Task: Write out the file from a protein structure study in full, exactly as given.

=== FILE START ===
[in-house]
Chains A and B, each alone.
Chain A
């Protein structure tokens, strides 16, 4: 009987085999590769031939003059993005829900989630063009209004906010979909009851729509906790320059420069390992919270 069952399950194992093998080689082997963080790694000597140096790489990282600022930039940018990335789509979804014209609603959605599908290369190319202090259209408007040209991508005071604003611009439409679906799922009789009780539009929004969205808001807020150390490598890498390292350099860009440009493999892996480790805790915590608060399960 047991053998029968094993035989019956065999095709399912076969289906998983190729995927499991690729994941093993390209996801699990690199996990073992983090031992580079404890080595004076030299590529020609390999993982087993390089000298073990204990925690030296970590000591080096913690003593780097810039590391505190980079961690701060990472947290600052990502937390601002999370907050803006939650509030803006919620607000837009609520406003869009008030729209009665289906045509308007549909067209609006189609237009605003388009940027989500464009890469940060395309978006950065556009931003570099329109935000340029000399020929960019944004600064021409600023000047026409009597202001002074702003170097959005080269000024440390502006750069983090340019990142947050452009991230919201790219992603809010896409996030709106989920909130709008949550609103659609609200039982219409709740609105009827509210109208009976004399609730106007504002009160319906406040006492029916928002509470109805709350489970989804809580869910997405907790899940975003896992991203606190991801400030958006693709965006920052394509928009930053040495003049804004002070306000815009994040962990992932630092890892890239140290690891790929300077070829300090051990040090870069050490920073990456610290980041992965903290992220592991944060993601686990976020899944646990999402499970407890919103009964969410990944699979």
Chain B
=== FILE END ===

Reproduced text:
[in-house]
Chains A and B, each alone.
Chain A
């Protein structure tokens, strides 16, 4: 009987085999590769031939003059993005829900989630063009209004906010979909009851729509906790320059420069390992919270 069952399950194992093998080689082997963080790694000597140096790489990282600022930039940018990335789509979804014209609603959605599908290369190319202090259209408007040209991508005071604003611009439409679906799922009789009780539009929004969205808001807020150390490598890498390292350099860009440009493999892996480790805790915590608060399960 047991053998029968094993035989019956065999095709399912076969289906998983190729995927499991690729994941093993390209996801699990690199996990073992983090031992580079404890080595004076030299590529020609390999993982087993390089000298073990204990925690030296970590000591080096913690003593780097810039590391505190980079961690701060990472947290600052990502937390601002999370907050803006939650509030803006919620607000837009609520406003869009008030729209009665289906045509308007549909067209609006189609237009605003388009940027989500464009890469940060395309978006950065556009931003570099329109935000340029000399020929960019944004600064021409600023000047026409009597202001002074702003170097959005080269000024440390502006750069983090340019990142947050452009991230919201790219992603809010896409996030709106989920909130709008949550609103659609609200039982219409709740609105009827509210109208009976004399609730106007504002009160319906406040006492029916928002509470109805709350489970989804809580869910997405907790899940975003896992991203606190991801400030958006693709965006920052394509928009930053040495003049804004002070306000815009994040962990992932630092890892890239140290690891790929300077070829300090051990040090870069050490920073990456610290980041992965903290992220592991944060993601686990976020899944646990999402499970407890919103009964969410990944699979």
Chain B